Returning for the third year to the Rakuten Open in Tokyo, I cannot possibly express how happy I was to be back in Japan. It is one of my favorite countries and cultures, so this week I chose to blog about what I love so much about the special island nation.
Five Things I Absolutely Love about Japan:
1) Food: If you follow my blog at all, you know that I tend to care a lot (maybe too much!) about the food in the different tournament cities we visit. Japan is home to some of the tastiest food in the world. Some of my favorites are the amazing sushi and the incredibly delicious Kobe beef.
I love trying all the different sushi offerings in Japan, where traditional sushi is very different from the rolls and items served at American sushi restaurants. Uni, or sea urchin, is one of my favorites that you rarely see stateside. Most sushi here is served as sashimi (just pieces of raw fish) or nigiri (rice topped with wasabi and a piece of fish), while sushi rolls are less common. I find the sushi in Japan to be incredibly fresh and tasty, especially the tuna.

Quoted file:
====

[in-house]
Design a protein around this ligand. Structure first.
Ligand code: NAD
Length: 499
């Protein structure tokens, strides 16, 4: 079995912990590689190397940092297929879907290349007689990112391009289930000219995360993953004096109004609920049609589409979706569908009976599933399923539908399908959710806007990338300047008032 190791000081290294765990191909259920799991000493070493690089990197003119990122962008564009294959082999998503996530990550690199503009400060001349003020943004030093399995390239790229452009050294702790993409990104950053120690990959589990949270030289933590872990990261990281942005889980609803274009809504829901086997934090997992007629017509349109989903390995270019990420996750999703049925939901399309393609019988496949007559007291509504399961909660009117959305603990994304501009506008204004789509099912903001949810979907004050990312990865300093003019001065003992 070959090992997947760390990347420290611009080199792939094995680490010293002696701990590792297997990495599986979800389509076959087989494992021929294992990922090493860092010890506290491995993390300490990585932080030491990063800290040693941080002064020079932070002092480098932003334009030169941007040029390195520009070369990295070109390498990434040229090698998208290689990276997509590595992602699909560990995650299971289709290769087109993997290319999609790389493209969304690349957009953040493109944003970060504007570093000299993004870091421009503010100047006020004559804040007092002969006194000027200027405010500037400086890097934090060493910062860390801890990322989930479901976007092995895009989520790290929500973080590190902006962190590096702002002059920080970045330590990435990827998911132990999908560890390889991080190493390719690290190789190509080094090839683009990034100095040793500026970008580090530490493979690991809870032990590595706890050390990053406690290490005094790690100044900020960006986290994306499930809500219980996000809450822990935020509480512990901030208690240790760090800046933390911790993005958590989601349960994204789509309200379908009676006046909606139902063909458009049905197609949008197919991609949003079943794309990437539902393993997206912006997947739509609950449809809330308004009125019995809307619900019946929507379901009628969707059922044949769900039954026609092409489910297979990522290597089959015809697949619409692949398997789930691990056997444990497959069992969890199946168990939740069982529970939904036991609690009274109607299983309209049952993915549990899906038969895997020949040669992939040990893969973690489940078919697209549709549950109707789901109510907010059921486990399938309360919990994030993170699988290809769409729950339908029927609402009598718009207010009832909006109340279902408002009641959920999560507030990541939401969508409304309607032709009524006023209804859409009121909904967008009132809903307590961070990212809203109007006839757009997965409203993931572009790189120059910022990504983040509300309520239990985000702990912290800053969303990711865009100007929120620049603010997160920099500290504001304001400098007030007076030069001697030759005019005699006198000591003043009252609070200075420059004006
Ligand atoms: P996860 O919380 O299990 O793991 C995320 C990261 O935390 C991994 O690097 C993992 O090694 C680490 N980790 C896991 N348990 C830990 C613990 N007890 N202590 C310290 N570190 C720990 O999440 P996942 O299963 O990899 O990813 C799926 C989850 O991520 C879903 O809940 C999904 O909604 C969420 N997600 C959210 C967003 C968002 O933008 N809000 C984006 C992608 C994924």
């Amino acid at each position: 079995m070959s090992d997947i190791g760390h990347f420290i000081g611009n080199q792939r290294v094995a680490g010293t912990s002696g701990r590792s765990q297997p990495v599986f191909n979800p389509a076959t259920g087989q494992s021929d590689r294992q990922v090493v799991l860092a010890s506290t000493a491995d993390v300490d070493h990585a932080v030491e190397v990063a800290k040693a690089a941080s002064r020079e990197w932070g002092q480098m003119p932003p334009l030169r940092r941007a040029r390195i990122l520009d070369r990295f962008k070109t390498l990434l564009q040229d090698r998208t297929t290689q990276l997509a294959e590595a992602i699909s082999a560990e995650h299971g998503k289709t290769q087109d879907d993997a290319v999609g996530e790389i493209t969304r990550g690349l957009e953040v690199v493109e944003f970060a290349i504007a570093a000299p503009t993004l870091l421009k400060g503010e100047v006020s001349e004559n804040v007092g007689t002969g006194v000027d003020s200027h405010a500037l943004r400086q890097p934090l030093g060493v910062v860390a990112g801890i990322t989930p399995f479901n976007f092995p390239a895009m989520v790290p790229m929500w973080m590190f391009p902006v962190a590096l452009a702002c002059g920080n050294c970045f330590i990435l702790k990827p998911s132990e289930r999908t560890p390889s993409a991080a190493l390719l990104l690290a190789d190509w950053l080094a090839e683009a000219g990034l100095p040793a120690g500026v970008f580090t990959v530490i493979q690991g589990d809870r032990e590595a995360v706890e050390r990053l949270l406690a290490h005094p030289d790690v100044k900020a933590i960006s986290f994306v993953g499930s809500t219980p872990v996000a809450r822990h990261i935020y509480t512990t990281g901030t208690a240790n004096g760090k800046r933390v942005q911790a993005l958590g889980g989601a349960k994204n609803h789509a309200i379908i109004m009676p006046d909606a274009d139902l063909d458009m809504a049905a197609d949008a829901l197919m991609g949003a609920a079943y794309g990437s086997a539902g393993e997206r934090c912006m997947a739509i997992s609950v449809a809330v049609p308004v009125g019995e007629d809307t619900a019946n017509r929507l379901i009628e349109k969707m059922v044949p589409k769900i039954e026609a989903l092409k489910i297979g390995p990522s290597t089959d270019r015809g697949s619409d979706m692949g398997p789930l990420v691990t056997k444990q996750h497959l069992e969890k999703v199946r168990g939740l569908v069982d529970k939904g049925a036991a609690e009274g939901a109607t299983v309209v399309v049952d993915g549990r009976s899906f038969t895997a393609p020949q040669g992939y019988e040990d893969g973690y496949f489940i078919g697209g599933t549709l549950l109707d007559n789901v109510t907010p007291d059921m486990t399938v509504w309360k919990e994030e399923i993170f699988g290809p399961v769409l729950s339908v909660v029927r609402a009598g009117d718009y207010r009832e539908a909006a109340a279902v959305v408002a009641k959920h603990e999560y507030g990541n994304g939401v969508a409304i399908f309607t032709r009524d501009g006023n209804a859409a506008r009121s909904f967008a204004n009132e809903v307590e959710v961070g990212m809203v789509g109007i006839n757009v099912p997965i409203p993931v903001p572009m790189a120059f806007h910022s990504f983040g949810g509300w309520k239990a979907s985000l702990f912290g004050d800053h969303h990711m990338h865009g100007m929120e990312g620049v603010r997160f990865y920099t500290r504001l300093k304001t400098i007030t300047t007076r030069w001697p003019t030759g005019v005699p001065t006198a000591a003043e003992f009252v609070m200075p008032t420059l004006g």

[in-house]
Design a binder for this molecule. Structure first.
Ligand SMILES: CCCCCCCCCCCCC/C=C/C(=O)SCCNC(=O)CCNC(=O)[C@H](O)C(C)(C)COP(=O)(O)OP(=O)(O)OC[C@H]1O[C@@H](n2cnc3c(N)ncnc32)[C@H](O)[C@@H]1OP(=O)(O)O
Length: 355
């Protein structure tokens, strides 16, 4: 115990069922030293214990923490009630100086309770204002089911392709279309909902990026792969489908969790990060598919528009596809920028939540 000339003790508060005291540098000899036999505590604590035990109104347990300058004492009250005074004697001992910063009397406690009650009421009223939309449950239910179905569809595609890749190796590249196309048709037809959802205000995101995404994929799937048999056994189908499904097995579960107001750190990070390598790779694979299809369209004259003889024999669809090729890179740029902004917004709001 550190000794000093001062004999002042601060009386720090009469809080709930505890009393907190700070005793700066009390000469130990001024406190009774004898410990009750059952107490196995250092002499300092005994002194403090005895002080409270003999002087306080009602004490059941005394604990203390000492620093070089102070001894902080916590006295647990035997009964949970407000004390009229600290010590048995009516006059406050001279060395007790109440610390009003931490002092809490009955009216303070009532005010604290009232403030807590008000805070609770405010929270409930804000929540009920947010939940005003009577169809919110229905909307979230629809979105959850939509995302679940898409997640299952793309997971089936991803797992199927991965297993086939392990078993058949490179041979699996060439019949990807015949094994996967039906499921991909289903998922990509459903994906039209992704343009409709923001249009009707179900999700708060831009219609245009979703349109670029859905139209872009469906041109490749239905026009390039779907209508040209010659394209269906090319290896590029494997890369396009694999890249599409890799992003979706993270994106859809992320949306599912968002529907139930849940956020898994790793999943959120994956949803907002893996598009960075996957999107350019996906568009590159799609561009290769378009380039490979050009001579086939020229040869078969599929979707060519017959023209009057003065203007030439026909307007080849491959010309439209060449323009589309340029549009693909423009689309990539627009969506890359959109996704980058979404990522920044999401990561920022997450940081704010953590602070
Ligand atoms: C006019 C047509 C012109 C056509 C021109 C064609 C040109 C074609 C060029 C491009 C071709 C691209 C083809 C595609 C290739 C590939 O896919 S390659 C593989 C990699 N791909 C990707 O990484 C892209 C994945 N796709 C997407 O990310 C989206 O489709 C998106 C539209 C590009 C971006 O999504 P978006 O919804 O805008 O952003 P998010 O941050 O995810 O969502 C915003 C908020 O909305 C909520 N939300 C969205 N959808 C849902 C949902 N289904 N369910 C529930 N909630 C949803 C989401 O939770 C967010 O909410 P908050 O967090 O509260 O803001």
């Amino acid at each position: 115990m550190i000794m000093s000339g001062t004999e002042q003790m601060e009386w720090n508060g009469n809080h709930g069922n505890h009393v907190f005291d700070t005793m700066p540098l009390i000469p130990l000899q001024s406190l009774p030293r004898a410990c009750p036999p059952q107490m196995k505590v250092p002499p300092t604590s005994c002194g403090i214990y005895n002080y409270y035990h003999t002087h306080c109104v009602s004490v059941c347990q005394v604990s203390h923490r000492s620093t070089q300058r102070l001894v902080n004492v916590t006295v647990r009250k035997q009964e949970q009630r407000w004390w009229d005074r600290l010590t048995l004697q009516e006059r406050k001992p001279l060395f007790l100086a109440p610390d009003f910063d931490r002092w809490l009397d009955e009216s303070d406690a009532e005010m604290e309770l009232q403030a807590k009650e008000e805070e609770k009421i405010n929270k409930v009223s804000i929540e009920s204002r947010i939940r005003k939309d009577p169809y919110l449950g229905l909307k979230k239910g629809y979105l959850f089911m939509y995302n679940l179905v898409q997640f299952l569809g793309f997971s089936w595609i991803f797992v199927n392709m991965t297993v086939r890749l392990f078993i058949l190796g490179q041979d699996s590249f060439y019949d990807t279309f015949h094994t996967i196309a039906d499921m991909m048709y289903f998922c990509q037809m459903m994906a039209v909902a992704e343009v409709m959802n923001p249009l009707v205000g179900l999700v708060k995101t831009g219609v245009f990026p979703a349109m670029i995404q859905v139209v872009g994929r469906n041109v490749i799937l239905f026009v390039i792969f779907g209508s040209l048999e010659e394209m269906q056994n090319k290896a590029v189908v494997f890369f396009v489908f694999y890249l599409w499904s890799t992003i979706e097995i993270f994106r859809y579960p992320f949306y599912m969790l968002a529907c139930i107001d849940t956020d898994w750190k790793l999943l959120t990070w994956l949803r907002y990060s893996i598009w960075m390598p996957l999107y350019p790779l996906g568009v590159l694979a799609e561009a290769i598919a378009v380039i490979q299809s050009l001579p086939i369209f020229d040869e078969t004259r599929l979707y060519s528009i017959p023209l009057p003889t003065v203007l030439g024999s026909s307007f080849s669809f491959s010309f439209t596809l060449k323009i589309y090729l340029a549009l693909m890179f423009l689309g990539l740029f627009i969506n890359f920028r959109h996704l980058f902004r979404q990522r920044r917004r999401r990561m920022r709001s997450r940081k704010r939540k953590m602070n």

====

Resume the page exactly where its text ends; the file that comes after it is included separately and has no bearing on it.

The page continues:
Kobe beef is also one of my absolute favorite treats. Probably one of the best meals I’ve ever eaten was at a teppanyaki restaurant here in Tokyo called Misono in Ginza. We really enjoyed eating there again this year. Another great way to enjoy Kobe beef is shyabu shyabu style, where you cook thin slices of the meat yourself at the table in a pot of boiling water. We were very lucky to enjoy a delicious shyabu shyabu dinner with the president and board members of Srixon, who produce Kevin’s tennis racquets, at a traditional Japanese guest house. It was a very special experience, and one I will remember for a very long time.